7. One time I was driving fast down Yorba Linda Boulevard late at night (Robyn knows this one), and apparently it was fast enough to make a cop car do a complete 180 at full speed. Luckily, I saw him and slammed on my breaks before he could get a good look at my speed. I am so glad that when the cops scanned my plates, it said (Uncle) Honda and not 17-year-old Michael Johnson.

At the request of Devon, I tag him. He asked for it, so he can have it. These are the confessions of a reformed (somewhat) 22-year-old. I still drive fast, but I definitely keep the doors closed all the time.

12 November 2007

Who Waits For Thanksgiving Anymore?

Took this last year after Christmas at the Loveless Cafe.

So, I have to admit that I started listening to Christmas music in June. When I put it that way, I never really stopped listening to it. Christmas music is such a fiery debate topic these days. Some people love it, and some people absolutely refuse to listen to it 'til after Thanksgiving. Some might even lobby for a constitutional ammendment banning Christmas music from the airways until Turkey Day has passed. Well, I'm not one of them.

In order to help you all get in the mood, I've put together a list of all my favorite Christmas songs (and albums). There are some traditional ones in the mix, but most of them are, like me, a little out of the ordinary.

1. Tennessee Christmas
Amy Grant
(I stumbled across this one before we spent "a tender Tennessee Christmas" in the South with the 'rents)

2. Christmas in Hawaii
The Beach Boys
(I can't wait for the day)

3. 8 Days of Christmas (Album)
Destiny’s Child
(Make your Christmas more "bootylicious")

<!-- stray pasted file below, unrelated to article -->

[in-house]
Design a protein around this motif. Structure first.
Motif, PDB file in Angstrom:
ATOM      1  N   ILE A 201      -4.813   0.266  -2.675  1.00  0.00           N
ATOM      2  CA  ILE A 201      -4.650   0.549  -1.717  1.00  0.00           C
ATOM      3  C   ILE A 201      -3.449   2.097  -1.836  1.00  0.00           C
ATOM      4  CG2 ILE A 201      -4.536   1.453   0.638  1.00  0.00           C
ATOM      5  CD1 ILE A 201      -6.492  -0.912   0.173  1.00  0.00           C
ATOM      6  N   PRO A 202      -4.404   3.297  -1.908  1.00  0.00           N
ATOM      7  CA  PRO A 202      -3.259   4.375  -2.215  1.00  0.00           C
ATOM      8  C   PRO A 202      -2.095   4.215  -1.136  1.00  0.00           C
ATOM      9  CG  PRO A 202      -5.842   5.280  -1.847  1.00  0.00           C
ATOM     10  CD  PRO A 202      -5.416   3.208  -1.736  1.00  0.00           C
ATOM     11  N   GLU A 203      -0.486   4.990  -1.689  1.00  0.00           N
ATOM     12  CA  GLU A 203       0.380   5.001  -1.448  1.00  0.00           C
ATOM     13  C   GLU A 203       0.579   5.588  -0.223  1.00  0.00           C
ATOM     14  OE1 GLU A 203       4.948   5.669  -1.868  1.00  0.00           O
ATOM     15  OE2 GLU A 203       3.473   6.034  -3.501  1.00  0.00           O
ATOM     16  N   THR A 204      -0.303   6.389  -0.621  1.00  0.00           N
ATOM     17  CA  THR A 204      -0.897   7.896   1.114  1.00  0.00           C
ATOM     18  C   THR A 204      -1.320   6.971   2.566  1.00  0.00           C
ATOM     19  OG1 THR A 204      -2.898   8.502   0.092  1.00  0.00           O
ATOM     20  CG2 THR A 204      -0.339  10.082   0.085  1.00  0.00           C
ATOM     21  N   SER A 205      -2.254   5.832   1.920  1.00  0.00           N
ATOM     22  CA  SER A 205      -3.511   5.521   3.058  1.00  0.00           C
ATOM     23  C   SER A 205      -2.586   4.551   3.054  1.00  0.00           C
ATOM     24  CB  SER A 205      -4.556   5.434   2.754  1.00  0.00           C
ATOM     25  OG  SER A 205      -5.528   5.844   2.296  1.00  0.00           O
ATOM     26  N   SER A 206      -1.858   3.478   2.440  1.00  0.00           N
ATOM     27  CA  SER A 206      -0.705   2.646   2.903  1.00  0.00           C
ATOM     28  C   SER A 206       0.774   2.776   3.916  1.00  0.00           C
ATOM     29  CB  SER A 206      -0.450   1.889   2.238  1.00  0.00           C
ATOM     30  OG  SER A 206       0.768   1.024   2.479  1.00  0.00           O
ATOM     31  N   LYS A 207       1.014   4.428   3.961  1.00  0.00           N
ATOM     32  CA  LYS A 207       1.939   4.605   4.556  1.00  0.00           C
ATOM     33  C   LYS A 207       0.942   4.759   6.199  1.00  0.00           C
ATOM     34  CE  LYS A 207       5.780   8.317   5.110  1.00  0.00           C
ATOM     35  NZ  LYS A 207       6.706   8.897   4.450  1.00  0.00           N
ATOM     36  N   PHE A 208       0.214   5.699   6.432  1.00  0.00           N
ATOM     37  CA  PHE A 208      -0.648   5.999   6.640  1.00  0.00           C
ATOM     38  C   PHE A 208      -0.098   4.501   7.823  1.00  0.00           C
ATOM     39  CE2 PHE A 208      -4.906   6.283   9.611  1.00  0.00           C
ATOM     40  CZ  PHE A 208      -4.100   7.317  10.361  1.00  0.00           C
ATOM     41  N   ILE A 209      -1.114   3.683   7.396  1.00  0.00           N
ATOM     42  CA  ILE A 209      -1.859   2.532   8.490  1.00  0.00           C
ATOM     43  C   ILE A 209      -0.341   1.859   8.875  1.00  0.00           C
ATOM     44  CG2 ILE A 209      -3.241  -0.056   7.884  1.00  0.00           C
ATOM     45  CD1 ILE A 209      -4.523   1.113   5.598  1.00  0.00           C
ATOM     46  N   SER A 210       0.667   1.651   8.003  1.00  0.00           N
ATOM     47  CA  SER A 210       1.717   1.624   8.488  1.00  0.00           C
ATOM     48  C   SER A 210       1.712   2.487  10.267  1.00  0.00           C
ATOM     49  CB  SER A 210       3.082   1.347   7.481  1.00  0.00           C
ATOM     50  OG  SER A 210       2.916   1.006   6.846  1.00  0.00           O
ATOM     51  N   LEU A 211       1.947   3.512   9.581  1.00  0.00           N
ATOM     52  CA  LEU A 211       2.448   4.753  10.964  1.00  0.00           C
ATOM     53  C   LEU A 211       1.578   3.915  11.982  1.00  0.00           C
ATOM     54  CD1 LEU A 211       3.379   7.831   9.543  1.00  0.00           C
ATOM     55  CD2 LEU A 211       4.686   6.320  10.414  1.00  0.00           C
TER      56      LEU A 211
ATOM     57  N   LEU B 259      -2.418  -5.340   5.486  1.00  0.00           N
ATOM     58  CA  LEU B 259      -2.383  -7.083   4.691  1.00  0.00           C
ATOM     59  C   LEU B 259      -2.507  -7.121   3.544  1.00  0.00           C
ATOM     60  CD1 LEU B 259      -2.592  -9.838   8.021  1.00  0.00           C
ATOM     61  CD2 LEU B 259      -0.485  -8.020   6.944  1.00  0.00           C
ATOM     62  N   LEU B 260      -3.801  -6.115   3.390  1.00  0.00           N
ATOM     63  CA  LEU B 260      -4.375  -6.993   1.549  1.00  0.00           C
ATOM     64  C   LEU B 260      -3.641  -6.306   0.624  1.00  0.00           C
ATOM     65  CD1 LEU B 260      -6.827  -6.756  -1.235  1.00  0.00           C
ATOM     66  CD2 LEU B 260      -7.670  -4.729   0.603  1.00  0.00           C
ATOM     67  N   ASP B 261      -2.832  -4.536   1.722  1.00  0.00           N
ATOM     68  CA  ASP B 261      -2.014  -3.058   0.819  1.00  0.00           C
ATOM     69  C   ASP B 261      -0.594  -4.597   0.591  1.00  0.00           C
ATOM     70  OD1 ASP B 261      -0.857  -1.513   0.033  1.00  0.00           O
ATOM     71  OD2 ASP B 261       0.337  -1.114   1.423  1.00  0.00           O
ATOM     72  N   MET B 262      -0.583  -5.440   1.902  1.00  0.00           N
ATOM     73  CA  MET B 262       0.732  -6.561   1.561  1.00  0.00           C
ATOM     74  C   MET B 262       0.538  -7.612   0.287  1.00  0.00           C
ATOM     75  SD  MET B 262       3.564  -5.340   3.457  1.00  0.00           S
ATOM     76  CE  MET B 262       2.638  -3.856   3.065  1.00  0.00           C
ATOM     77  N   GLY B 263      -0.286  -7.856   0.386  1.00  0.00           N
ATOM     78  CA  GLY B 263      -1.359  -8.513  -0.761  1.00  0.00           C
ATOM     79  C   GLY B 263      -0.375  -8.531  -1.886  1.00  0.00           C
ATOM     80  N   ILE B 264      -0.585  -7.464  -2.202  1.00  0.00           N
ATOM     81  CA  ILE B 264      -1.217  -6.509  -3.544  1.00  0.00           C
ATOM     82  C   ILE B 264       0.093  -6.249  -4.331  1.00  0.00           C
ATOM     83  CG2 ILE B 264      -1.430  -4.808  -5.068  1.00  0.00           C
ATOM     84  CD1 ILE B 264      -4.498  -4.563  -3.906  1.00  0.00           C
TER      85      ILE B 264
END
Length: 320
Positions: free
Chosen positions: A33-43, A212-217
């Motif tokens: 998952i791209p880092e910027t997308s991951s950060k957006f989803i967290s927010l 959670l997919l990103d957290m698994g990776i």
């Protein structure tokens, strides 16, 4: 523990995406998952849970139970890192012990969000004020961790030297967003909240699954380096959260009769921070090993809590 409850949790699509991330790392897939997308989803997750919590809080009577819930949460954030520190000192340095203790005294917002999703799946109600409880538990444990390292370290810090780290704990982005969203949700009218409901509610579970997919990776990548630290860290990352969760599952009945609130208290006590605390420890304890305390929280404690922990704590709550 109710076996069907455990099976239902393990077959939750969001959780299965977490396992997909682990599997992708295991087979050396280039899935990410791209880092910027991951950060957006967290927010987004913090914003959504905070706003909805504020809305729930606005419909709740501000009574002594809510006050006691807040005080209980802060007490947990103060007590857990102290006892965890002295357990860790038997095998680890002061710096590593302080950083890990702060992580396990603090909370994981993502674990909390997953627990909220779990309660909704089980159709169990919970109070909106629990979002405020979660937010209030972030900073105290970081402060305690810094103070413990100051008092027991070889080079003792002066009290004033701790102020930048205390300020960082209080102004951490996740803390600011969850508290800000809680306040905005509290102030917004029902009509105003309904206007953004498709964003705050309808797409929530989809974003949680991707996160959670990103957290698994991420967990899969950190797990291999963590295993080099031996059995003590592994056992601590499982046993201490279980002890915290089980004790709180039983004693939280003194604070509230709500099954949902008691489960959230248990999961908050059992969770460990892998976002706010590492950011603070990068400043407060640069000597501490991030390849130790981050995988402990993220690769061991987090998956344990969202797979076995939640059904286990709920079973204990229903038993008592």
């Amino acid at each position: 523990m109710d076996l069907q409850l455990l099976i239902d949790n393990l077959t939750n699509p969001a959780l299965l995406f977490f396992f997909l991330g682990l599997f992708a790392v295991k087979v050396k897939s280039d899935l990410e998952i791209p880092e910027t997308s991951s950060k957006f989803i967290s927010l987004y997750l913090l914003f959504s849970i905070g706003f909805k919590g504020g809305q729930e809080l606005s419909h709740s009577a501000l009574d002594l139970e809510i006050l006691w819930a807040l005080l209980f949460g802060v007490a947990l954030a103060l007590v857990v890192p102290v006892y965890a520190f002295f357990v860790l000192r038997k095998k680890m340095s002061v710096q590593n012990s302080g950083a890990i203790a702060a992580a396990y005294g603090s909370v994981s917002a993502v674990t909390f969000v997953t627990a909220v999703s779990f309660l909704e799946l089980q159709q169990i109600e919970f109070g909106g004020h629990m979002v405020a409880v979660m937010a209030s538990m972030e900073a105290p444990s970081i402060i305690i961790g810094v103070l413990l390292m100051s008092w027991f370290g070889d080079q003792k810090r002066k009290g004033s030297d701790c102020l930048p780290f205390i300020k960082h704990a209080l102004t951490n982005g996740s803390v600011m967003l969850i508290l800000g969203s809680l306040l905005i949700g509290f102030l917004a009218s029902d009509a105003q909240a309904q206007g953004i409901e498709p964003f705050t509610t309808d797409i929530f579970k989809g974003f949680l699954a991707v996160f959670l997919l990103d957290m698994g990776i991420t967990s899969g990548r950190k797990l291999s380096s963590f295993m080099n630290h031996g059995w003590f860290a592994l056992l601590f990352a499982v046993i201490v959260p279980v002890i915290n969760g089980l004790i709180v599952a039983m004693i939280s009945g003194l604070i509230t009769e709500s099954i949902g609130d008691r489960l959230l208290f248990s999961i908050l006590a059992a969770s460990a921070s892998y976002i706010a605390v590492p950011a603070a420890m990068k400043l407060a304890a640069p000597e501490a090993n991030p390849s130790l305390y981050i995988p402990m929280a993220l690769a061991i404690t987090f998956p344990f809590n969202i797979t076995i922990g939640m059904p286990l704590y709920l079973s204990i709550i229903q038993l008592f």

4. Yule Shoot Your Eye Out
Fallout Boy
(Something different)

5. Christmas Time Is Here
Gatsby’s American Dream
(A great change to the classic song)

6. (It Must Have Been ‘Ol) Santa Claus
Harry Connick, Jr.
("Happy ho ho ho to you")

7. The O.C. Mix 3: Have a Very Merry Chrismukkah (Album)
(Nothing screams Christmas cheer like The O.C. Mix 3)

8. Celebrate Me Home
Kenny Loggins
(It must be in my blood, but I like Kenny Loggins)

9. Dominick the Donkey
Lou Monte
(Why did I not know this song before I was 18? Hee haw, hee haw)

10. All I Want For Christmas Is You
Mariah Carey
(So I like it...)

11. Wonderful Christmastime
Paul McCartney
(Everyone's favorite living Beatle)

12. Wintersong (Album)
Sarah McLachlan
(Just good Christmas music)

13. Christmas Wrapping
The Waitresses
(I wish every Christmas playlist was provided by KROQ)

14. The Christmas Song
(WEEZER--What would Christmas be like without my favorite band, who was broken up but is back together and releasing albums at the end of this year and the beginning of next year?)

15. Last Christmas
(The all-around favorite. FM100 played it non-stop every year while we were in Utah. We made fun of it so much that it became a REAL favorite.)

05 November 2007

I'm alive and kicking...

October was a good month. Too bad I didn't blog at all during its 31 magical days. First of all, I'd like to give a shout out to my very hot, not very 30 sister Kimberly. She is the greatest oldest sister I could ask for. I'm so glad she's holding on to her roots in California. She gives me the hope that there is life after college (and Provo). I love you, Kimberly. Happy belated birthday.

Here we are at the light house in February '07.